The high cost of outsourced contact centers

* Contact center considerations

Today, we’ll conclude our two-week discussion on the IP contact center with a reader comment and a summary of some additional information resources.

First we hear from Larry Jacobs, VP of marketing at RAD Data Communications.

After our last newsletter, Jacobs wrote us and said that: “The issue of how to minimize the very high costs associated with transporting thousands of calls back and forth to offshore agents is of critical importance to the … ‘outsourced’ call centers.”

He continues: “[While] it would seem straightforward that the most economical solution would be end-to-end VoIP … the reality is not so simple.” He points out that the need to support hundreds of simultaneous calls across oceans on a single E-1 can cost several thousand dollars per month. A call center can easily spend as much money on international trunks as they save on offshore labor costs. To gain cost efficiencies, he suggests using G.729a voice compression, packaging the VoIP packets together and "trunking" them across the WAN. Jacobs pointed us to a case study about how VoIP and IP contact center technology can work together to gain efficiencies.

Another information resource we recommend is a white paper from AT&T. The paper discusses the maturation of MPLS, SIP, and VXML protocols and shows how the IP contact center that leverages open standards are inherently more flexible, easier to manage, and less expensive to deploy than legacy alternatives. This paper explores these three key enabling protocols and how they're transforming the contact center industry.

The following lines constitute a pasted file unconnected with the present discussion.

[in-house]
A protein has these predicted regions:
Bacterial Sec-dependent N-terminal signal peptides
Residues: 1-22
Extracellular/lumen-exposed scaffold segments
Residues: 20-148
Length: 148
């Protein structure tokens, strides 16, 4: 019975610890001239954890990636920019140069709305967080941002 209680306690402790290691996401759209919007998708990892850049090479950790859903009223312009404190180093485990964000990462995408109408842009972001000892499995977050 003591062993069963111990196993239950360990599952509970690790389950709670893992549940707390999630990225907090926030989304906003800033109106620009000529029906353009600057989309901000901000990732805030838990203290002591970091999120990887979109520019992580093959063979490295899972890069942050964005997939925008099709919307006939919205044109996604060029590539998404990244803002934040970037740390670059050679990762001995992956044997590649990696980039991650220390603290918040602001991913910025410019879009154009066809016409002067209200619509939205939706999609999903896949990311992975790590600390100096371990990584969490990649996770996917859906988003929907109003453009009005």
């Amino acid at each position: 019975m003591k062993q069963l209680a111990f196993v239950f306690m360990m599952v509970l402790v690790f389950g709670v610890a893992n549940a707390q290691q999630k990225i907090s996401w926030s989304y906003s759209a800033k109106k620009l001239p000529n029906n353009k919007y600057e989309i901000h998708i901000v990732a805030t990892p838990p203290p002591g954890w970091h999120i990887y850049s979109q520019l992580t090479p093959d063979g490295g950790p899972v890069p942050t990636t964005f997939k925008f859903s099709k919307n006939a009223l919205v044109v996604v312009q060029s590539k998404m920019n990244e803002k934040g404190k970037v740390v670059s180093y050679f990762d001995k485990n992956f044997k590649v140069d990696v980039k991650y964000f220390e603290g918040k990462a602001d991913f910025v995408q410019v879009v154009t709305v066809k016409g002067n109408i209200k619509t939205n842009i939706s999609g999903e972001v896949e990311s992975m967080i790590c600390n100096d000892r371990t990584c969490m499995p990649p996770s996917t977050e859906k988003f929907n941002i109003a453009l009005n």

Finally, we suggest readers who want to know more about how VoIP and the IP contact center solution work together should take a look at a white paper from Spanlink. The paper talks about how VoIP and IP communications involve a network shift that uses an open, distributed architecture, in which servers or clusters of servers run separate functions – from call management and messaging to automated call distribution (ACD) and interactive voice response (IVR).

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Copyright © 2006 IDG Communications, Inc.

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